Few things say fall to me more than apple spiced doughnuts. Our little local pumpkin patch, knows that the secret to selling loads of pumpkins and gallons of freshly pressed apple cider is simply to sell, hot from the fryer, sugar and cinnamon dusted doughnuts in brown paper bags. The lovely aroma of frying dough, the tart full flavored sip of crisp, hot cider is nothing short of intoxicating. As a result of indulging in these delights, patrons happily part with hundreds of their own hard earned dollars, loading carts to overflowing with gorgeous heirloom variety pumpkins, squashes, purple hued garlic and gallons upon gallons of freshly pressed cider.
I've definitely fallen victim to this addictive mix of flavors, sights and smells, and my aforementioned fruit and veg hoarding habits have more than gotten me in trouble there on more than one occasion.
It's a heady, hedonistic mix of sight, sound and taste, and truly it's what we all long for this time of year. The authentic, connected to nature, fruitful experience that reminds us how good life is. I wanted to replicate that delicious experience in my own kitchen, minus the pumpkin hoarding of course and I had some gorgeous eggs from The Burke Avenue Urban Farm sitting in my fridge just waiting to be enlisted in some worthy cause.
These lovely eggs are from Janelle Maiocco, and the good folks at Farmstr. Farmstr is the online, direct to the consumer from the farm store that I've shared about in previous posts. Beautiful heritage pork, turkey, hens and eggs as well as lovely produce are offered. It's a fantastic way to support local farmers and keep costs low. If you live in the Seattle Metro area (soon to include the Eastside) there are many convenient drop off locations, allowing for easy access. If you haven't yet, I strongly encourage you to check them out.
I've got a DVR full of shows to watch this coming week (not sure if I'll get to any of them but a girl can hope right?) blustery rainy weather, a new pair of fluffy slippers, no pressing places to be (for once) and an email in box that is overflowing with unread emails. The dust is hopefully beginning to settle on the back to school shock my kids are experiencing and we are all starting to come up for a breath of much needed air.
I made these over the weekend as a treat for the boys, a reward for all the crazy, stressful days we've had this month. It was a perfect excuse to bring that comforting pumpkin patch experience home. Salted caramel frosting and spiced cake-like doughnuts are an awesome pair that needs little else save a hot, steaming mug of freshly pressed cider. No pumpkin hoarding required.
Salted Caramel Apple Cider Doughnuts
3 1/2 C. all purpose flour
2 packages or 14g active dry yeast
1 tsp. cinnamon
1/2 tsp ginger
1/4 tsp nutmeg
1/2 C. sugar
1/2 C. apple cider
1/4 C. milk
1/4 C. butter
1 tsp. salt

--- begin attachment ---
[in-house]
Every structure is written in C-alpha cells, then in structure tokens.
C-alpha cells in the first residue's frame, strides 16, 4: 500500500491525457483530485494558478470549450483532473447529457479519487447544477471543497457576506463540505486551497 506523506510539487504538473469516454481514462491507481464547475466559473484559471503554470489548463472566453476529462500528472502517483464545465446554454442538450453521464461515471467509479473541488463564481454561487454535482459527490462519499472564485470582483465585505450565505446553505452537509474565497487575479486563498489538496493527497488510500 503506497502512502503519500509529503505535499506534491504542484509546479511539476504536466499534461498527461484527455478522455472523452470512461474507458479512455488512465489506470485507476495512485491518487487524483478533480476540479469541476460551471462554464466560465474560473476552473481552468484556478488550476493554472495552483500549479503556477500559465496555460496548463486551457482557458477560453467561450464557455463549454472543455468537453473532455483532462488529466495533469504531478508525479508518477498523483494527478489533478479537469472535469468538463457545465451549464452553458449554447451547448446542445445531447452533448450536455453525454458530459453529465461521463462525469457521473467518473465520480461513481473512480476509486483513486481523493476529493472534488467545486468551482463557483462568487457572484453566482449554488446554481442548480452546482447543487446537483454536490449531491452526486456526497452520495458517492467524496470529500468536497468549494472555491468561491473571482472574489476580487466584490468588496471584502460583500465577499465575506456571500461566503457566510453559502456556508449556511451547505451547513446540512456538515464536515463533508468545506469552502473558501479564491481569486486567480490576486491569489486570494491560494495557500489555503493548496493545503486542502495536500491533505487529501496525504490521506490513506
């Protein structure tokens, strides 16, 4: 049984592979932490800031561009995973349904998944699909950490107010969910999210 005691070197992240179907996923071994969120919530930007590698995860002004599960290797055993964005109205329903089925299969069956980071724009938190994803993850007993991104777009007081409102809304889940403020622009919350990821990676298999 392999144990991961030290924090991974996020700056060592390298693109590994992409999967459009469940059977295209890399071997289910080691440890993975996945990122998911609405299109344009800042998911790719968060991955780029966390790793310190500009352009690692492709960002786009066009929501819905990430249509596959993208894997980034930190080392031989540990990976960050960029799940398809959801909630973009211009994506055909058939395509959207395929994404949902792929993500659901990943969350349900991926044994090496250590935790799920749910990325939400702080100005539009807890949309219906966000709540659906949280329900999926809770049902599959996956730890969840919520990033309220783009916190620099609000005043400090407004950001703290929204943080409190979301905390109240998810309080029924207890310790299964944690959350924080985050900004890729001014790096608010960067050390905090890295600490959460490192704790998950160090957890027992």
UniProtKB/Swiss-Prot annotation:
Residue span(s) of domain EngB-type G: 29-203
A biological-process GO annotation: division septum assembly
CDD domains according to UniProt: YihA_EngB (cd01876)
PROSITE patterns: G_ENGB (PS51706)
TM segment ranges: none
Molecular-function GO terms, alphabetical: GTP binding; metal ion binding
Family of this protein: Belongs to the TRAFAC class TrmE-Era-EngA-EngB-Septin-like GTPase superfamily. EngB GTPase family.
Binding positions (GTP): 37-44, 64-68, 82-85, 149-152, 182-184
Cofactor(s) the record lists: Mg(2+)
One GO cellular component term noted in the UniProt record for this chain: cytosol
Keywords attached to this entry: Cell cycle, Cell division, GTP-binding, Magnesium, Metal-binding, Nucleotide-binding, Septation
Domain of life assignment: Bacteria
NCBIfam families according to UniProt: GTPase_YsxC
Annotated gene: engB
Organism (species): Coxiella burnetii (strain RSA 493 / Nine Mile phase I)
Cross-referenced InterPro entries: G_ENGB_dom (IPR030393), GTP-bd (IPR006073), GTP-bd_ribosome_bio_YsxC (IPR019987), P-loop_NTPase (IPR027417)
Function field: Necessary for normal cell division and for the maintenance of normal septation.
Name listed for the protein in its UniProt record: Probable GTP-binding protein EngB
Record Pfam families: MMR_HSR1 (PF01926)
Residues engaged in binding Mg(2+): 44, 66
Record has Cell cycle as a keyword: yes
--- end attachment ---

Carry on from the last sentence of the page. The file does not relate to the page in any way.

2 eggs, beaten
vegetable oil for frying
In a large bowl combine 1 1/2 cups of the flour, the yeast and the spices. Whisk to break up the lumps of flour and combine. Set aside. In a saucepan, combine the sugar, cider, milk, butter and salt over low heat until the butter melts. Set aside and allow to cool to 120 degrees F. Once cooled combine with the four mixture. Slowly add the eggs and whisk. Whisk until fully incorporated. Using a rubber spatula work in the rest of the flour.
Tip the dough out on to a floured surface and add just a little extra flour if it's too sticky. I'd avoid adding more than 1/4 a cup though. You want just enough so the dough is not sticking to everything. Shape the dough into a ball, spray a large bowl with baking spray and set the dough inside. Cover with plastic wrap, set in a warm place and allow to double in size. About 1 to 1 1/2 hours.
Remove the dough from the bowl, and place on a lightly floured surface, punching the dough down. Roll the dough to 1/2" thickness and allow to rest. If dough springs back too much, allow to rest 5 minutes then try rolling again. Cut with a 2 1/2" doughnut cutter, setting each on a lightly floured baking sheet, cover with a towel and let rise until fluffy, 45 minutes.
Meanwhile heat the oil in a fryer or deep stock pot to 375 degrees F. Fry the doughnuts 2 at a time 1-2 minutes per side, no longer. Drain on paper towels. Allow to cool, then dip in glaze.
For the Salted Caramel Glaze.
3 C. Confectioners sugar
1/4 C. caramel sauce (I use Trader Joes Salted Caramel)
1-2 T. milk
1-2 T. coarse sea salt
Combine all ingredients in a medium bowl, except the salt. Add more or less milk depending on how thick or thin you prefer your icing to be. Dip the tops of each cooled doughnut in the icing then set aside on a piece of waxed or parchment paper. Immediately sprinkle the doughnuts with salt.
Recipe adapted from Better Homes and Gardens
Farmstr has graciously gifted me the eggs but they have in no other way paid me to promote their site. All opinions expressed with regard to Farmstr are my own.